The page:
Calculations in the field of floating point numbers are imprecise to some degree. The reason is the numbers internal representation/storage (binary/ finite Bytes). Each language has to deal with it. Of course Ruby is no exception.\

### Float is imprecise

An example for imprecise calculation with *Float* numbers:

```
0.1 + 0.2 # => 0.30000000000000004
```

If the domain for instance is about money, this is certainly an issue. That is why banks do not calculate with Float numbers.

### BigDecimal is precise

*BigDecimal* is inherited from *Numeric*, as well as *Float*. However *BigDecimal* provides a way more precise floating-point arithmetic:

```
result = BigDecimal.new(0.1, 15) + BigDecimal.new(0.2, 15)
# => #<BigDecimal:21b6848,'0.3E0',9(18)>
result.to_s('F') # => "0.3"
```

BigDecimal objects can be printed as a String in a floating decimal notation with the argument *F*:

```
number = BigDecimal.new(0.1, 5)
number.to_s # => "0.1E0"
number.to_s('F') # => "0.1"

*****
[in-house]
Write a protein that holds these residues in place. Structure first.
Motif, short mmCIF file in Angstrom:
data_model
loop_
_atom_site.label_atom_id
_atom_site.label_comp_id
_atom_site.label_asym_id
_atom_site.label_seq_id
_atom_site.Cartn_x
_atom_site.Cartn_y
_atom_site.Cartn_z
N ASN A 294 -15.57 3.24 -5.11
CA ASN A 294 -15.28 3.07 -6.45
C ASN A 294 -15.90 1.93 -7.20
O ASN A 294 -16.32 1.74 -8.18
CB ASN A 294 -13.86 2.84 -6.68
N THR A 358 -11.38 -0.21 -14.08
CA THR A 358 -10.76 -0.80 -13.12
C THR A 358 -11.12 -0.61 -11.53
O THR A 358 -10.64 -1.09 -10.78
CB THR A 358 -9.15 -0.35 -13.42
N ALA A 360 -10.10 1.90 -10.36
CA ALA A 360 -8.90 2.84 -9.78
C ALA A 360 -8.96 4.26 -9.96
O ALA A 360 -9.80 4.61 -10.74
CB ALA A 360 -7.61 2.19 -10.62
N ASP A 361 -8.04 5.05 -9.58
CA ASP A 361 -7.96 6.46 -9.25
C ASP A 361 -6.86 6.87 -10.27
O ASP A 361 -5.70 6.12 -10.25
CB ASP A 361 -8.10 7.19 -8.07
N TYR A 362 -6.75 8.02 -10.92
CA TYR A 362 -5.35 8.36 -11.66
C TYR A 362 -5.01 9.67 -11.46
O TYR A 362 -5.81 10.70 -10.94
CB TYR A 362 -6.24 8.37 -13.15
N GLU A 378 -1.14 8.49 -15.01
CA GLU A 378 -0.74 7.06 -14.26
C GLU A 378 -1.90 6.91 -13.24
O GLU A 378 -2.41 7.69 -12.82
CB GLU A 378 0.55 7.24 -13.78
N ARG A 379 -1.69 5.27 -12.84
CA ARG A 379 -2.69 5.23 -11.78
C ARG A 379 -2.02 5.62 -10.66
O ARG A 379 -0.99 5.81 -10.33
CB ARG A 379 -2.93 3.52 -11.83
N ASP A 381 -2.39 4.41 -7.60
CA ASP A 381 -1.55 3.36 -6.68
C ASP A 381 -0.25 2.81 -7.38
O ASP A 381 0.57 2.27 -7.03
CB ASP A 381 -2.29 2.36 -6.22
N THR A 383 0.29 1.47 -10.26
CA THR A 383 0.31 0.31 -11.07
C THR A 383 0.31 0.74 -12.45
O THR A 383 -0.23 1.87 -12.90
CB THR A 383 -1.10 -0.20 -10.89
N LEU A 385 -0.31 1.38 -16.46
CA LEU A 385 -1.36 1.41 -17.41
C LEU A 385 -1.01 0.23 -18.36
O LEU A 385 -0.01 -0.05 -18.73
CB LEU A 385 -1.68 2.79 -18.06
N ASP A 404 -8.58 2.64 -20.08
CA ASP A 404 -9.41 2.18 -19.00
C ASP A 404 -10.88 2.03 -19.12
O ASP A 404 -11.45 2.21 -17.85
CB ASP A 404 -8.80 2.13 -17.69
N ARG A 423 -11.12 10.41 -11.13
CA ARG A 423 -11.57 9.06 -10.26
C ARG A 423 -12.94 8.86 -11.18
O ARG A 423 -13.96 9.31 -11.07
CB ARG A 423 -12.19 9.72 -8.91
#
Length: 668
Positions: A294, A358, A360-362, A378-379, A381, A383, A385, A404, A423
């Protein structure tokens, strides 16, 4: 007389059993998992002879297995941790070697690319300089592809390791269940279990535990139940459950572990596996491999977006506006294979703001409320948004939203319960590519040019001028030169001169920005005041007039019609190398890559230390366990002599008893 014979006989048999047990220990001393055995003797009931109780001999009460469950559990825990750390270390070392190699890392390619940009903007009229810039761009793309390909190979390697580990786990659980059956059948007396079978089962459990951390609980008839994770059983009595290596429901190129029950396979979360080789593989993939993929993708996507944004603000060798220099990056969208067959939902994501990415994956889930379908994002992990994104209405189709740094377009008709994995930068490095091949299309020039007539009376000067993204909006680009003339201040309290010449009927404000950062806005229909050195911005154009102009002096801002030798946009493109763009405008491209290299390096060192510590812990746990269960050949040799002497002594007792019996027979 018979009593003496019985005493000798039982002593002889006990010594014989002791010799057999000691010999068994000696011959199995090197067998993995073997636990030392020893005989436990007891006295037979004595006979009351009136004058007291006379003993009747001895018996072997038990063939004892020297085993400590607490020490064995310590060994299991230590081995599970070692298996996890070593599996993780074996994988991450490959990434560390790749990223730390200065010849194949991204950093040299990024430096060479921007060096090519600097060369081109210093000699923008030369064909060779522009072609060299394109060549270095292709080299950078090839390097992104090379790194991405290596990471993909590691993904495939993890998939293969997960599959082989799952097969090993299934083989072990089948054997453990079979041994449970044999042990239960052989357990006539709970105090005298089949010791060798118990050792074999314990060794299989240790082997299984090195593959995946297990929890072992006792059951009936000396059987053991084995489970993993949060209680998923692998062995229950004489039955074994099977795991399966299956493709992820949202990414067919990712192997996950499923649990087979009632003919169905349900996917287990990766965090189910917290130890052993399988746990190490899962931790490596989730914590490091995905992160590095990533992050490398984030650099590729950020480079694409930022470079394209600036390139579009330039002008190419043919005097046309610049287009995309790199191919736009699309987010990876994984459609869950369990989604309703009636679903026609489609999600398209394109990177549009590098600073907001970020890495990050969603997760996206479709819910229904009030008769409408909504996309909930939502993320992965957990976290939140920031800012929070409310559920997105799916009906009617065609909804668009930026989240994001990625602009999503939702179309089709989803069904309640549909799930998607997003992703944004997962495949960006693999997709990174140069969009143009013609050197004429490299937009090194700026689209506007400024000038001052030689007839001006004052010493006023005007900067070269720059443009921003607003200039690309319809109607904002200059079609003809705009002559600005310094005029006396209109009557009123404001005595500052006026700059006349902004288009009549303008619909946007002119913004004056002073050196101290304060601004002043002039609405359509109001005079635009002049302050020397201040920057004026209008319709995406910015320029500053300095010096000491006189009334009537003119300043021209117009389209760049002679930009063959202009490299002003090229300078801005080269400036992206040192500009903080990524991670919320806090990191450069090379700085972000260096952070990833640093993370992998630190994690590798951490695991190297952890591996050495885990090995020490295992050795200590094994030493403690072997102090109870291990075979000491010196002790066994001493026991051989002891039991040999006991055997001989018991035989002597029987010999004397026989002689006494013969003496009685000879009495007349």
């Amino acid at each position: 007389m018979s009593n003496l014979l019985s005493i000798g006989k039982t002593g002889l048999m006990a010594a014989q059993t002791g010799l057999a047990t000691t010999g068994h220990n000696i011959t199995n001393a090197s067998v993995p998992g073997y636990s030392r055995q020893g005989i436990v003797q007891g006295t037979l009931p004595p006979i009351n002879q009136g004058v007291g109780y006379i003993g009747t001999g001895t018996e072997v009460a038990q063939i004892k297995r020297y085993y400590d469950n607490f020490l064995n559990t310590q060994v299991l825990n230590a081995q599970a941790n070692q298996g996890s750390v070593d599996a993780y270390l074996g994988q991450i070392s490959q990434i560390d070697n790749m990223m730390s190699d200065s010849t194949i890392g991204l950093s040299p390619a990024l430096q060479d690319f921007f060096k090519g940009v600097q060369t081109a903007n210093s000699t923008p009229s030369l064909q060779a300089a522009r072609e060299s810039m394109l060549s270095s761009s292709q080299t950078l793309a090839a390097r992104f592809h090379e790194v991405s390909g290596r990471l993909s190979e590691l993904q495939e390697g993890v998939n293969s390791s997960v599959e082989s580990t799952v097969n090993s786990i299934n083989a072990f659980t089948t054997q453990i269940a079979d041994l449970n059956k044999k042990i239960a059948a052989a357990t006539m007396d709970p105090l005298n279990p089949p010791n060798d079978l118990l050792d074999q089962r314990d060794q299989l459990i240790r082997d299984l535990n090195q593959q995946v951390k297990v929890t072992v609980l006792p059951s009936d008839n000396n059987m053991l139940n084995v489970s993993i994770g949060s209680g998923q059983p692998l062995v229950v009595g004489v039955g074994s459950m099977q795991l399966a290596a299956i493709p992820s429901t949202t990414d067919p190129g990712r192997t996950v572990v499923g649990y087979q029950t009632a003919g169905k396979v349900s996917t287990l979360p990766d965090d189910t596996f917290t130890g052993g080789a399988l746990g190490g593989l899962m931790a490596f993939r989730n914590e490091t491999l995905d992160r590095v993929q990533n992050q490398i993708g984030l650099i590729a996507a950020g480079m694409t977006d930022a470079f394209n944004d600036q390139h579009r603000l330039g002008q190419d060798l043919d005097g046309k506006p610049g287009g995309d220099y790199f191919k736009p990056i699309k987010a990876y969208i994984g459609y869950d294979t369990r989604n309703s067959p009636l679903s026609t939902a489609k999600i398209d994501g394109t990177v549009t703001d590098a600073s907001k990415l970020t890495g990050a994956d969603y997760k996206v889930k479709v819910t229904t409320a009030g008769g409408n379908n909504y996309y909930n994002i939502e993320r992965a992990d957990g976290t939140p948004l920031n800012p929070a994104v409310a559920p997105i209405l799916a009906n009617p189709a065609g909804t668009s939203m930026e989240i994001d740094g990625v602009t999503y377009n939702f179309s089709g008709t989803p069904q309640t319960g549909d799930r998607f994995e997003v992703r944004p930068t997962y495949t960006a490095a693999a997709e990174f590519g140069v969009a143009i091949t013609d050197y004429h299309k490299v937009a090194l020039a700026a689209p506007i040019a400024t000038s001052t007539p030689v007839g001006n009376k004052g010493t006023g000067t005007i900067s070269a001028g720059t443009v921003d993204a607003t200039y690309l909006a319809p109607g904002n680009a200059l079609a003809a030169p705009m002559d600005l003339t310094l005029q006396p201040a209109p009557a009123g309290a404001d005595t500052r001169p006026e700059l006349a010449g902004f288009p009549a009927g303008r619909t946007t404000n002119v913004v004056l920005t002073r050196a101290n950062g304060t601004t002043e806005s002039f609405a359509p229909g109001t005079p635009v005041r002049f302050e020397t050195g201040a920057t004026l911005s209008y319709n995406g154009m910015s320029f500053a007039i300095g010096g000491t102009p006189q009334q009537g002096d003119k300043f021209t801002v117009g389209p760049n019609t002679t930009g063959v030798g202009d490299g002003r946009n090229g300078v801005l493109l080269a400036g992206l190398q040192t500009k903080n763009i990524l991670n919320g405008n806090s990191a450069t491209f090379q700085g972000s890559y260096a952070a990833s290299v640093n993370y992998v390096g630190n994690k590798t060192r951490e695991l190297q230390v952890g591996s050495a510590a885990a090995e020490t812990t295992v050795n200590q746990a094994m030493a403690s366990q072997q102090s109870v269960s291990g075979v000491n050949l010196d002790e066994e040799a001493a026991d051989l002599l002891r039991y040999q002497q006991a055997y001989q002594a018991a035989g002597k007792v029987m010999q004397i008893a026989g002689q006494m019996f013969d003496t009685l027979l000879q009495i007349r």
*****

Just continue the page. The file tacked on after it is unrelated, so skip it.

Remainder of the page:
```

Further notations are available. For instance the output can be formatted into blocks with a separating whitespace. Positive numbers can printed accordingly:

```
number = BigDecimal.new(12.3456789, 15)
number.to_s('3F') # => "12.345 678 9"
number.to_s('+4F') # => "+12.3456 789"
```

Hence BigDecimal provides rudimentary output formatting.

### Integer is precise

It also may make sense to cast the values into their smallest possible unit and calculate with Integer numbers in some cases. Merely the result would have to be casted back again into a floating point representation:

```
number = 20 + 10 # => 30
number / 100.0 # => 0.3
```

### Conclusion

In any case, calculations should never be done with *Float*. In Ruby floating point number calculations should always be done with BigDecimal.